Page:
In the early 70’s the South Bronx was a dilapidated landscape suffering from the crippling economic effects of White flight, governmental policies of abandonment and a ubiquitous and lethal gang culture. It was in the womb of this social suffering that hip-hop was birthed. Communities began to gather in the name of respect and inclusion to counter the hostile environment through music and dance. One of the pioneers of this movement, Afrika Bambaataa, dubbed, “peace, unity, love and having fun” as core values of hip-hop. These original tenants became the backbone of the culture’s development throughout the remainder of the 70’s.
From the beginning, hip-hop played a leading role redeeming disenfranchised urban communities around the US. Bambaataa’s song “unity,” led to healing NY’s gang stratification. The track “White Lines” by seminal artist Grandmaster Flash (pictured above left), led the charge in combating cocaine addiction. And when crack hit the streets – turning homes into shuttered buildings that sought to capture the soul of the inner-city communities – songs like “Night of the Living Baseheads” by Public Enemy, provided a prophetic voice of truth tragedy.
But now the game has changed. While one can look around and find artists who aspire to honor the culture of hope, the vast majority of the artists who dominate the landscape, the ones heard on top forty radio and who claim traffic on iTunes, are clearly of another system. Once corporate America began to see hip-hop as a revenue venue rather than a culture, rap music began to separate from the more fundamental values of hip-hop. It traded the hope for reclamation and redemption of community for individual advancement and monetary improvement – as represented in the opulent “bling” era of hip-hop that prevails in pop culture.
As rap became the dominating force in expressing hip-hop, the art formed was commercialized, packaged, and exported – in both its authenticity and inauthenticity – to a waiting world. Today there is not a culture uninfluenced by hip-hop. Remote African villages, reflect the globalization in the 50 cent, Eminem and Nelly T-shirts that villagers don and the random lines of top 40 rap songs that flow out of the mouths of babes. Go to Korea, Japan, Hong Kong, or a number of other Asian nations and you will see the heart of the resurging b-boy culture. The citizens of Brazilian favelas are showing the same heart and desire to change as American urbanites did in the late 70’s and early 80’s. Internationally, rap has become the music of the aspiring and the heart of hip-hop culture is trickling into region after region, positioning itself as one of the most important social forces on earth.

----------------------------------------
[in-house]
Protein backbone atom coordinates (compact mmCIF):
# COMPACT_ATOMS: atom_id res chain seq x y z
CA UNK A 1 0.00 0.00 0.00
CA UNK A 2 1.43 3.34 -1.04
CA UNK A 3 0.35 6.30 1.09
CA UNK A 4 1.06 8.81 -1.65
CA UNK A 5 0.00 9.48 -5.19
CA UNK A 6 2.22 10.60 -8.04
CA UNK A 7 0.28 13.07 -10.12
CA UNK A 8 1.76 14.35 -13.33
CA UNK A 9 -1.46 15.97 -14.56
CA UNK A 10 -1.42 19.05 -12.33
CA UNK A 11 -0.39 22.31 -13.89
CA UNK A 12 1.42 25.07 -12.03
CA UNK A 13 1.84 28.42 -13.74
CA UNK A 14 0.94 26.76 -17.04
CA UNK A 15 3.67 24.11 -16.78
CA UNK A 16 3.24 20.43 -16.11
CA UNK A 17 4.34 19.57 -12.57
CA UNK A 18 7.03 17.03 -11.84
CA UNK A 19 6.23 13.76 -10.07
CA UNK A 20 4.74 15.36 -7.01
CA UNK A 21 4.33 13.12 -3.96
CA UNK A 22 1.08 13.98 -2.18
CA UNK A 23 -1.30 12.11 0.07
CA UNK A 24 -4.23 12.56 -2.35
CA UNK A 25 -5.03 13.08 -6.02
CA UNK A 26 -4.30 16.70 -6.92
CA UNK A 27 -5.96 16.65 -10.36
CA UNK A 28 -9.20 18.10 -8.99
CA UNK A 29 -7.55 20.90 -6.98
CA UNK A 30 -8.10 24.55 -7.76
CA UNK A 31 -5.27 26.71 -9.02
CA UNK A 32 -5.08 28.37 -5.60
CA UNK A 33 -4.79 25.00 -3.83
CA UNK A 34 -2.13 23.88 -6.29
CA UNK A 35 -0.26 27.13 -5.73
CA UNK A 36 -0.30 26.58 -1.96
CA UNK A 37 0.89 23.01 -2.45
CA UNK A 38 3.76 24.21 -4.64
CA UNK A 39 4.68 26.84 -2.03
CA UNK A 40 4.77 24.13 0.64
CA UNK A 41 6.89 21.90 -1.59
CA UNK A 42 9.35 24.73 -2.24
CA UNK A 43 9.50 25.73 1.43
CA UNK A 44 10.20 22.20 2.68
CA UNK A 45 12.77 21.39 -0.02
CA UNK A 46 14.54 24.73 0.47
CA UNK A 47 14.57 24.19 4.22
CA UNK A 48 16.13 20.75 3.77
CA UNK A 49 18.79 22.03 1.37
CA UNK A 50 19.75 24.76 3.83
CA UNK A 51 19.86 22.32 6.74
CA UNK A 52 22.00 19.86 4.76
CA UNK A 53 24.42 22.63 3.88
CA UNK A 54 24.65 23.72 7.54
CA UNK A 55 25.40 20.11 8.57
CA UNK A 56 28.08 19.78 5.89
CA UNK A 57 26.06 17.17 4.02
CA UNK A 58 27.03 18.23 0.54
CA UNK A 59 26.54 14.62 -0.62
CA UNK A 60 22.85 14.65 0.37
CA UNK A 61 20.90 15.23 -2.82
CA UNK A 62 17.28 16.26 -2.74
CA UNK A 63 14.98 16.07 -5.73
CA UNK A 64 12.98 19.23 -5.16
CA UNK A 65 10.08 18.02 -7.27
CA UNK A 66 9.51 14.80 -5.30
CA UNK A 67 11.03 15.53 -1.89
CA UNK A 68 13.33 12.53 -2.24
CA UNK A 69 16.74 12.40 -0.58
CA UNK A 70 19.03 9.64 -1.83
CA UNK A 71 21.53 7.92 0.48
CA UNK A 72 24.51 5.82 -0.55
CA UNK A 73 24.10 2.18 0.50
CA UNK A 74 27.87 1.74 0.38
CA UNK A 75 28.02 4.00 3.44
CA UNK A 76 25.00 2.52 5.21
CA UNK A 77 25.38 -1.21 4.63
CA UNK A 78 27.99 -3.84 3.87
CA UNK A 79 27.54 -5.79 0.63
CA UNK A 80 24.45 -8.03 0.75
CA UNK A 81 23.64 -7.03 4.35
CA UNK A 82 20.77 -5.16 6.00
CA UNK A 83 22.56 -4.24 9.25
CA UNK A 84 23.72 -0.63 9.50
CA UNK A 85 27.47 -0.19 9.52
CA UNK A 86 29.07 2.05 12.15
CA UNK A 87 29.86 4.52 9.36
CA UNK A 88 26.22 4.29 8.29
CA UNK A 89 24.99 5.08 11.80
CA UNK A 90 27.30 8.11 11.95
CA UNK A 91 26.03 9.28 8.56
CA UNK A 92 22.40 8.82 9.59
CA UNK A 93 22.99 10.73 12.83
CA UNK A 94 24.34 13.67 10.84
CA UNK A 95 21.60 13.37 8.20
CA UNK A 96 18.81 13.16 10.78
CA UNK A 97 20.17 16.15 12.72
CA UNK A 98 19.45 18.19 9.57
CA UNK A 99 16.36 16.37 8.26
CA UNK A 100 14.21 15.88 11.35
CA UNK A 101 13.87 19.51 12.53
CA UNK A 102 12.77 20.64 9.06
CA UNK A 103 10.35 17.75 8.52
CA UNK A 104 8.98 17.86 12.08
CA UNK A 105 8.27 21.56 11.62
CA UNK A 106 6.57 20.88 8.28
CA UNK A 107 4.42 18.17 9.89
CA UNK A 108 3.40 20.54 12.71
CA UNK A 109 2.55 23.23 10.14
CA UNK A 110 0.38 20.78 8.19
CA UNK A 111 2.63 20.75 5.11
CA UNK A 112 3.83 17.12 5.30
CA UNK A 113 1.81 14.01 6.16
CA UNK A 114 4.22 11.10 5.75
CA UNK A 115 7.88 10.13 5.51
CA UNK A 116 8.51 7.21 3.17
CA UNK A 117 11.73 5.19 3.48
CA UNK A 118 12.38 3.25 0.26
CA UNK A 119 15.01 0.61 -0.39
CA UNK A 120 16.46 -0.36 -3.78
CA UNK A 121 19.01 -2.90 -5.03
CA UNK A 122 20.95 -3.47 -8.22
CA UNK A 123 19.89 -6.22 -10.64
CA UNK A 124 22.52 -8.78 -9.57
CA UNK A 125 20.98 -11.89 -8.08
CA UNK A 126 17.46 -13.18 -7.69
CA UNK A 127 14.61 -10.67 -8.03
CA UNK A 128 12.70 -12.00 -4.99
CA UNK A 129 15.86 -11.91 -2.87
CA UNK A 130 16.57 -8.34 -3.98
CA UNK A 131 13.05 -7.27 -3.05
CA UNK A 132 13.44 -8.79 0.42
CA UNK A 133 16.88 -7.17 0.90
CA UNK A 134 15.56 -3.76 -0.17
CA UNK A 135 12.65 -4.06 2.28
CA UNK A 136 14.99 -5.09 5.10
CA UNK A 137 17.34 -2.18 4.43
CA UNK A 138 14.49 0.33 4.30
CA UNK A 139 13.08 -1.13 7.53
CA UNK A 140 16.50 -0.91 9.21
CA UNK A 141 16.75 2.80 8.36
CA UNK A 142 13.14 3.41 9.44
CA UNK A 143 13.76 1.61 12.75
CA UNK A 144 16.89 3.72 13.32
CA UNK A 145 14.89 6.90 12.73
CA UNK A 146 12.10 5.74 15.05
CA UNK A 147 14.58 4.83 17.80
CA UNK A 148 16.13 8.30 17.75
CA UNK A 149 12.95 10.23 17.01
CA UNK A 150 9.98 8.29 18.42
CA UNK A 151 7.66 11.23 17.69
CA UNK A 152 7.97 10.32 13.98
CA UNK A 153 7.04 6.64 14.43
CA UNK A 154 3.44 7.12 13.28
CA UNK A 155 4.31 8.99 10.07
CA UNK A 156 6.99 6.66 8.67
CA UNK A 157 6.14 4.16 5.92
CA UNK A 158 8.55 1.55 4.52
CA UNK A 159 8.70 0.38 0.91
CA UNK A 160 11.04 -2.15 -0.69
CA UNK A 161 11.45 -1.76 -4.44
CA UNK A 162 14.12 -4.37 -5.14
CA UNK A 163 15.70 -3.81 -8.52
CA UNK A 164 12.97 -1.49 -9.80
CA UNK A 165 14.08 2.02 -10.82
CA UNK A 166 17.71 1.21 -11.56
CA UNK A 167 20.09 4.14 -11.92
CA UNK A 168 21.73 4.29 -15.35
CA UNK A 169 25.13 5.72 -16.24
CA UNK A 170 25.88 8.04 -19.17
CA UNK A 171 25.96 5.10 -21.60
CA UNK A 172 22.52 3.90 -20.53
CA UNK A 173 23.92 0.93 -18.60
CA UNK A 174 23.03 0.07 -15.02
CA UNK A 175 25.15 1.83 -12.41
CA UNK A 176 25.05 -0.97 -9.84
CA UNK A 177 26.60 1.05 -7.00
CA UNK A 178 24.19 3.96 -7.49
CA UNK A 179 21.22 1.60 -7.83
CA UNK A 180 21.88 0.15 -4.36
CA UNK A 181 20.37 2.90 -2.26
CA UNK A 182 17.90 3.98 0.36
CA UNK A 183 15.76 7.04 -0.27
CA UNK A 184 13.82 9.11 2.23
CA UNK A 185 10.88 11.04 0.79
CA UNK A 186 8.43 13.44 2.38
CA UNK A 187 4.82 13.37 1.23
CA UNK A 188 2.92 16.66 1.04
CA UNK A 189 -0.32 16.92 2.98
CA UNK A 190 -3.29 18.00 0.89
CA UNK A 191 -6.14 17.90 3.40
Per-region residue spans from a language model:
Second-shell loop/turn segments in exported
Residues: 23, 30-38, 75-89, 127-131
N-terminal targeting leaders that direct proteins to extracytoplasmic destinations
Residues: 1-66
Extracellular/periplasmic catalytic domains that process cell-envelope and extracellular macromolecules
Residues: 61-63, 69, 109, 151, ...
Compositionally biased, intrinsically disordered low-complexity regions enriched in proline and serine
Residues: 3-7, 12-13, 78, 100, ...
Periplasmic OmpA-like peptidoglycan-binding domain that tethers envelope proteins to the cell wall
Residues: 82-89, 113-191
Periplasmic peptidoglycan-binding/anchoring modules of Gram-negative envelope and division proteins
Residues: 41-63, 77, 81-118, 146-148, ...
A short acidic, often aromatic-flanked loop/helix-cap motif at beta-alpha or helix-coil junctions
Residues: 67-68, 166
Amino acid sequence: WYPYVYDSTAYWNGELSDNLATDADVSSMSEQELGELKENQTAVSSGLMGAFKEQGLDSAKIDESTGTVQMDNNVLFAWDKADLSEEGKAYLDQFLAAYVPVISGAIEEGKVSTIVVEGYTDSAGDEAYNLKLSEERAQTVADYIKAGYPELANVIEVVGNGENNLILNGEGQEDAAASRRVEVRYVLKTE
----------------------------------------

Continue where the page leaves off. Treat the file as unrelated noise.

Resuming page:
These trends beg the question: What would happen if today’s most influential hip-hop artists were to come together, embrace the scene’s original values, and decide to focus their art into fostering social change. The Knowledge, Power, Respect campaign is one way to address this question and channel the power of hip-hop. The campaign is asking seven prominent artists – Akon, Jay Z, Kanye West, Rihana, Lil’ Wayne, Eminem, and Will.i.am – to promote the ideas of knowledge to their listeners.
Knowledge is not just about formal education; it’s about understanding the world and ourselves within it. It’s about coming to grips with how it is we come to know things; it’s about our fundamental epistemology. Not every person will (or should) receive an advanced degree, but regardless of our formal educational status, all of us should embrace what it means to be knowledgeable citizens of the world and seek out deeper personal and social knowledge.
So where does power and respect come into play? It is well documented that knowledge and education are conduits for social change. We believe that the encouragement to knowledge will lead to an empowerment for the disenfranchised and eventually a social respect for those in hip-hop culture and blighted communities.